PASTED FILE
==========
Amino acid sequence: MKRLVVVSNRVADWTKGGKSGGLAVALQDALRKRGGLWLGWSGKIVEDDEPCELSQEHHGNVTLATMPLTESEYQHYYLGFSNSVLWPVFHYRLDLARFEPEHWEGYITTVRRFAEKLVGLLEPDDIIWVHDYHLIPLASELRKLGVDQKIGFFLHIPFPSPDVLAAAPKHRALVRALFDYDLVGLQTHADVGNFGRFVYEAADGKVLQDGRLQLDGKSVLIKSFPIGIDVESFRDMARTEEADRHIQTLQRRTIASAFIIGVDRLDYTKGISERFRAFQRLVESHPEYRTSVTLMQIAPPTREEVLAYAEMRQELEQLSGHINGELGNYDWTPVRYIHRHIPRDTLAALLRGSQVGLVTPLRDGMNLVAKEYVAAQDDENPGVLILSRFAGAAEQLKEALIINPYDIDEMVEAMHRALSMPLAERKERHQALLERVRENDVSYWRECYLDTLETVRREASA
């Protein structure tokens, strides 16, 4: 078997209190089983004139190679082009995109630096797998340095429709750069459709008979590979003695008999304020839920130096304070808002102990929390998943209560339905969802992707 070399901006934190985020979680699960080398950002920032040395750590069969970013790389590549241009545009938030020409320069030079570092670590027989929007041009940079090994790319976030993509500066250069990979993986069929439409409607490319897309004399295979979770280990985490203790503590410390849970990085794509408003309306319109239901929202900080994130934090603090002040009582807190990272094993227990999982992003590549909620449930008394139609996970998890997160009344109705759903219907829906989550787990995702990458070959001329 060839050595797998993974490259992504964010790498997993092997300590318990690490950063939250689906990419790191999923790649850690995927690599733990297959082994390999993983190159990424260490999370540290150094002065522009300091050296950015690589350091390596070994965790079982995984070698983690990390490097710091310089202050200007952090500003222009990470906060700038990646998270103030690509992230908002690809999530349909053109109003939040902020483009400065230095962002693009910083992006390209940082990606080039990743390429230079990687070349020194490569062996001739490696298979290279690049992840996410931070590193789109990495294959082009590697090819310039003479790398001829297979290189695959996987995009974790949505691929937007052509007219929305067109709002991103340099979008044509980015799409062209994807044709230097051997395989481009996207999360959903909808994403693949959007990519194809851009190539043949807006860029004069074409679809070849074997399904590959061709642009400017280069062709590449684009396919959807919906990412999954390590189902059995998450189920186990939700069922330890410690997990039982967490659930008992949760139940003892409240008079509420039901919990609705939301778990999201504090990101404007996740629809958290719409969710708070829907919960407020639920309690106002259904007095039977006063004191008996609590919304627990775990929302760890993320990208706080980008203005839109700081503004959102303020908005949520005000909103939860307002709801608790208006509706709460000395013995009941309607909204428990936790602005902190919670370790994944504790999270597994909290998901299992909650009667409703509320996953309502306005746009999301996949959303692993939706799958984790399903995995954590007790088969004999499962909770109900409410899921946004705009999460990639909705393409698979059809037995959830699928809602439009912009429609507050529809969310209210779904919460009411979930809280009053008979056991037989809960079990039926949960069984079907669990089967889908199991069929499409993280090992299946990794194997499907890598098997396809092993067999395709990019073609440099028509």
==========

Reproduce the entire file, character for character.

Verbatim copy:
Amino acid sequence: MKRLVVVSNRVADWTKGGKSGGLAVALQDALRKRGGLWLGWSGKIVEDDEPCELSQEHHGNVTLATMPLTESEYQHYYLGFSNSVLWPVFHYRLDLARFEPEHWEGYITTVRRFAEKLVGLLEPDDIIWVHDYHLIPLASELRKLGVDQKIGFFLHIPFPSPDVLAAAPKHRALVRALFDYDLVGLQTHADVGNFGRFVYEAADGKVLQDGRLQLDGKSVLIKSFPIGIDVESFRDMARTEEADRHIQTLQRRTIASAFIIGVDRLDYTKGISERFRAFQRLVESHPEYRTSVTLMQIAPPTREEVLAYAEMRQELEQLSGHINGELGNYDWTPVRYIHRHIPRDTLAALLRGSQVGLVTPLRDGMNLVAKEYVAAQDDENPGVLILSRFAGAAEQLKEALIINPYDIDEMVEAMHRALSMPLAERKERHQALLERVRENDVSYWRECYLDTLETVRREASA
């Protein structure tokens, strides 16, 4: 078997209190089983004139190679082009995109630096797998340095429709750069459709008979590979003695008999304020839920130096304070808002102990929390998943209560339905969802992707 070399901006934190985020979680699960080398950002920032040395750590069969970013790389590549241009545009938030020409320069030079570092670590027989929007041009940079090994790319976030993509500066250069990979993986069929439409409607490319897309004399295979979770280990985490203790503590410390849970990085794509408003309306319109239901929202900080994130934090603090002040009582807190990272094993227990999982992003590549909620449930008394139609996970998890997160009344109705759903219907829906989550787990995702990458070959001329 060839050595797998993974490259992504964010790498997993092997300590318990690490950063939250689906990419790191999923790649850690995927690599733990297959082994390999993983190159990424260490999370540290150094002065522009300091050296950015690589350091390596070994965790079982995984070698983690990390490097710091310089202050200007952090500003222009990470906060700038990646998270103030690509992230908002690809999530349909053109109003939040902020483009400065230095962002693009910083992006390209940082990606080039990743390429230079990687070349020194490569062996001739490696298979290279690049992840996410931070590193789109990495294959082009590697090819310039003479790398001829297979290189695959996987995009974790949505691929937007052509007219929305067109709002991103340099979008044509980015799409062209994807044709230097051997395989481009996207999360959903909808994403693949959007990519194809851009190539043949807006860029004069074409679809070849074997399904590959061709642009400017280069062709590449684009396919959807919906990412999954390590189902059995998450189920186990939700069922330890410690997990039982967490659930008992949760139940003892409240008079509420039901919990609705939301778990999201504090990101404007996740629809958290719409969710708070829907919960407020639920309690106002259904007095039977006063004191008996609590919304627990775990929302760890993320990208706080980008203005839109700081503004959102303020908005949520005000909103939860307002709801608790208006509706709460000395013995009941309607909204428990936790602005902190919670370790994944504790999270597994909290998901299992909650009667409703509320996953309502306005746009999301996949959303692993939706799958984790399903995995954590007790088969004999499962909770109900409410899921946004705009999460990639909705393409698979059809037995959830699928809602439009912009429609507050529809969310209210779904919460009411979930809280009053008979056991037989809960079990039926949960069984079907669990089967889908199991069929499409993280090992299946990794194997499907890598098997396809092993067999395709990019073609440099028509």